The whole world is still in a state of awe over the recent leakage of ‘Panama Papers,’ a set of leaked confidential documents exposing how offshore companies are used by the global elite to conceal the ownership and control of assets and property worth billions.
The Panama papers—co-authored by two journalists, Frederick Obermaier and Bastian Obermayer from Germany’s second-biggest daily in sales, the Sueddeutsche—expose a collection of 11.5 million confidential documents that provide detailed information about more than 214 000 offshore companies listed by the Panamanian corporate service provider Mossack Fonseca, including the identities of shareholders and directors of the companies.
The leak includes more than 4.8 million emails, three million database files, and 2.1 million Portable Document Format (PDFs), or simply 2.6 terabyte troves of data, making it the biggest data journalism project of all time.
The documents could be likened to a movie detailing how wealthy individuals, including public officials, hide their assets from public scrutiny in offshore accounts.
Several world leaders across the globe have been implicated by the papers for using what are called shell companies for illegal purposes, including fraud, drug trafficking and tax evasion.
Shell companies are mostly inactive or dormant companies which serve as a vehicle for business transactions and without necessarily having significant assets or manoeuvers.
However, while our politicians and those multinational companies plying their trade in Malawi are yet to be named by the papers, we must not delude ourselves that they are not doing the same.
It is a fact that the use of offshore business entities by politicians and multi-national companies is not illegal in the jurisdictions in which they are registered, but oftentimes elites tend to abuse their privilege at the expense of the likes of my grandmother at Gonondo Village in Ntchisi.
The Cashgate scam is a good example that compels me to believe that some of our taxpayers’ money is somewhere hidden by some of our unscrupulous politicians in some low tax jurisdiction or tax havens— countries or territories where certain taxes are levied at a very low rate or are not levied at all.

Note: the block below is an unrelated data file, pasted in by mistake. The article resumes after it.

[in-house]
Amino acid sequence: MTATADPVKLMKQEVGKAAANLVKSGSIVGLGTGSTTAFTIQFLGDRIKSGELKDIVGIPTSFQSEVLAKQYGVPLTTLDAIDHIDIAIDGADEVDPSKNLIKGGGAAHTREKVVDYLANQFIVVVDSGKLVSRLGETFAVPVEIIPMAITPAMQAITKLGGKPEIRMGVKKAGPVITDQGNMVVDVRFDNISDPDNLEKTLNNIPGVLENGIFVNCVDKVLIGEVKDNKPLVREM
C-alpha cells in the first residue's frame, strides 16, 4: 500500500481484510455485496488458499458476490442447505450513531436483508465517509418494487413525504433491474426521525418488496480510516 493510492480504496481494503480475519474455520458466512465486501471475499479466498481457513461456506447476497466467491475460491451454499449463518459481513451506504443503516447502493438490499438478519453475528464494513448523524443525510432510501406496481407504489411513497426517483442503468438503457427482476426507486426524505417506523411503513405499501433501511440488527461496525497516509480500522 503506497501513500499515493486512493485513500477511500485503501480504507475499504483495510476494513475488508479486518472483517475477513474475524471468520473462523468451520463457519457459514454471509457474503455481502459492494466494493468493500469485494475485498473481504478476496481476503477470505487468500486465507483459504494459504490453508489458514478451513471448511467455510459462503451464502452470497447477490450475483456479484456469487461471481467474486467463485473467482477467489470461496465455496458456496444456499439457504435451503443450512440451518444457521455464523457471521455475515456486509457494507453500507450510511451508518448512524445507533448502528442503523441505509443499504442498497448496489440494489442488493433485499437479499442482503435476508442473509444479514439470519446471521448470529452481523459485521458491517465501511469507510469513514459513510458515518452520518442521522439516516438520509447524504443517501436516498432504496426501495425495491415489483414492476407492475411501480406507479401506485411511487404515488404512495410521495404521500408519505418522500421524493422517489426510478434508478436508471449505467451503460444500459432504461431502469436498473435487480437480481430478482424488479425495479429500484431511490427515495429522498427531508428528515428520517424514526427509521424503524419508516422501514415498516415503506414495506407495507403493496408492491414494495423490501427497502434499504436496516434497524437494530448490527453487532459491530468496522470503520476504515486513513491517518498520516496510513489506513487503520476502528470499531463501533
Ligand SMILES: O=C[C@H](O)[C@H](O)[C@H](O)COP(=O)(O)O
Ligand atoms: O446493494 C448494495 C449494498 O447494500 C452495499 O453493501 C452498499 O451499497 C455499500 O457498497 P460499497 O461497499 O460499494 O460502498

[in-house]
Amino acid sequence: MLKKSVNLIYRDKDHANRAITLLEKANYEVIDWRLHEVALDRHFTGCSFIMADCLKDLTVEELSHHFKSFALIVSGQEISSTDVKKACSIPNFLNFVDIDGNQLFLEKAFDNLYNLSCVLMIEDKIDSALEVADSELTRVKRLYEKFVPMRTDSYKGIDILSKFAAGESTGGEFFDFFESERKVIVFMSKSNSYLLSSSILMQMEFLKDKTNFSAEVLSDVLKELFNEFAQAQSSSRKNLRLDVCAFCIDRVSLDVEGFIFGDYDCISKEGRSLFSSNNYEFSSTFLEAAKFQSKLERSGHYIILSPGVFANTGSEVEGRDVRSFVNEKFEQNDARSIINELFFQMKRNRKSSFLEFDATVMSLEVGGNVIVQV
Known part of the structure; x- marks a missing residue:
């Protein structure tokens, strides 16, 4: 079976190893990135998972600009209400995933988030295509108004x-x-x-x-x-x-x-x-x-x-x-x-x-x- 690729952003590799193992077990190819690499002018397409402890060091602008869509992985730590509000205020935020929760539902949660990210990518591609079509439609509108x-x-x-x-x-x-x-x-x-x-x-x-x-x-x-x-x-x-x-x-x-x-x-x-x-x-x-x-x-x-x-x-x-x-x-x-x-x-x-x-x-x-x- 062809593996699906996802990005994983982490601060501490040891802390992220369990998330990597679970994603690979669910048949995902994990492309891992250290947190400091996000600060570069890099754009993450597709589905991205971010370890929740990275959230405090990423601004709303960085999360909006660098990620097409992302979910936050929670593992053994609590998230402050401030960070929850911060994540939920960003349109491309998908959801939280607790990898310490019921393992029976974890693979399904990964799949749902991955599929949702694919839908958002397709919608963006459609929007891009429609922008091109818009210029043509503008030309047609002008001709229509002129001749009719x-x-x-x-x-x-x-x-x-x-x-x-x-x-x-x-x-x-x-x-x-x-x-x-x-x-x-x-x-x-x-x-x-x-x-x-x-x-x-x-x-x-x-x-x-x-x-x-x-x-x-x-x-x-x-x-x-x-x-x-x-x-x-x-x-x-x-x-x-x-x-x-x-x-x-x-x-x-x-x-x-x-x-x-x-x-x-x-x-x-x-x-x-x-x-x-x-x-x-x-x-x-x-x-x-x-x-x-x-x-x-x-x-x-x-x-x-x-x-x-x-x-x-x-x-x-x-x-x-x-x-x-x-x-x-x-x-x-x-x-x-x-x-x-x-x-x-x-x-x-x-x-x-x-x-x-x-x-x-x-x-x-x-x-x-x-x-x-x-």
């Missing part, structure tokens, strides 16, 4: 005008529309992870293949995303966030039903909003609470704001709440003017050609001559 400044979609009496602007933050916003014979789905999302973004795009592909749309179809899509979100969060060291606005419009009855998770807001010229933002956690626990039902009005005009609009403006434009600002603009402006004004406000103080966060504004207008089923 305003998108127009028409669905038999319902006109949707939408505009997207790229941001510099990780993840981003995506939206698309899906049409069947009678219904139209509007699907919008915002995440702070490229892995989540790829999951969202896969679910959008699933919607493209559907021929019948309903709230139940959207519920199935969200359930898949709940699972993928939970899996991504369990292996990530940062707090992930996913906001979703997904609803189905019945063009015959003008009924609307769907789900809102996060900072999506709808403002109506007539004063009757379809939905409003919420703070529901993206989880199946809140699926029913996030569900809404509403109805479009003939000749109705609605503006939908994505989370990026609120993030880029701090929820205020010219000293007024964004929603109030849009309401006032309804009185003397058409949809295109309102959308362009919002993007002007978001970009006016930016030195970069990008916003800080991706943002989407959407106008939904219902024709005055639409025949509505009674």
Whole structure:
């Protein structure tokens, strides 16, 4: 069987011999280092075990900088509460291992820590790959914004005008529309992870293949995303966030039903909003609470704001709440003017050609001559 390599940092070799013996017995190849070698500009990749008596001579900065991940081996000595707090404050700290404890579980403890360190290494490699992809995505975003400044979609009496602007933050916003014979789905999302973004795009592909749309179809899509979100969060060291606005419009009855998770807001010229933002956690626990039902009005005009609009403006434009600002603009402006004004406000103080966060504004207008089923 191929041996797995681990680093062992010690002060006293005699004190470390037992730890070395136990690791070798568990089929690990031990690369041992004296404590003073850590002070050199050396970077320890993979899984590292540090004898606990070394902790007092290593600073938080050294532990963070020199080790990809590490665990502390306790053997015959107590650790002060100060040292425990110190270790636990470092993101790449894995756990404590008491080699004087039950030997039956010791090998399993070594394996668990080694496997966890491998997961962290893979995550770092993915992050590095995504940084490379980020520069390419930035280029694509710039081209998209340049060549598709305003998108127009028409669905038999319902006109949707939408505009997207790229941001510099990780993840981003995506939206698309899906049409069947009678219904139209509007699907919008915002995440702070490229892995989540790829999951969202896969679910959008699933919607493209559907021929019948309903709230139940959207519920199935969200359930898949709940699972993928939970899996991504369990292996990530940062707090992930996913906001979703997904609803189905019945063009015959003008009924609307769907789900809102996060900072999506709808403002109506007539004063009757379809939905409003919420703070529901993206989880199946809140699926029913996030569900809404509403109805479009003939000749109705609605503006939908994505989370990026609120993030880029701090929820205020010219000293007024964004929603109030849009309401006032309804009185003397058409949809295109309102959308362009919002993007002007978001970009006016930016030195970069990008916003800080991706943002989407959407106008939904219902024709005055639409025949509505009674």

Countries such as Bermuda, Mauritius, Seychelles, Luxembourg, Switzerland, and British Virgin Islands are mostly listed as among 10 major tax havens in the world.
Then there is transfer pricing used by multi-entity firms in situations where the firm’s individual units are treated as separate using what is called the Arms Length principle to blindfold all of us in that their prices don’t differ too much from the market price.
While there are transfer pricing rules being implemented by the Malawi Revenue Authority (MRA), it is also imperative that the revenue body works aggressively hand in hand with the Reserve Bank of Malawi (RBM), the fiscal police, the Financial Intelligence Unit (FIU) and the Anti-Corruption Bureau (ACB), among other relevant authorities, in assessing those tax liabilities and punish accordingly those illegally externalising foreign cash to off-shore accounts.
Equally important is the need to thoroughly investigate the wealth amassed by all our past presidents and where they are keeping their last penny.
Remember, the infamous Muammar Gadaffi of Libya, Hosni Mubarak and Ben Ali had their accounts frozen in the most famous of all tax havens, Switzerland.
That is why Malawi’s Office of the Director of Public Officers Declarations is crucial in this whole equation as well.
Tellingly, the Panama Papers data leak is a timely wake-up call for Malawi to buttress her efforts in guarding potential leakages of taxpayers’ money by shell or shelf companies, tax dodgers, warmongers, and the whole criminal underworld who thrive in the system of financial secrecy by hiding illicit funds. n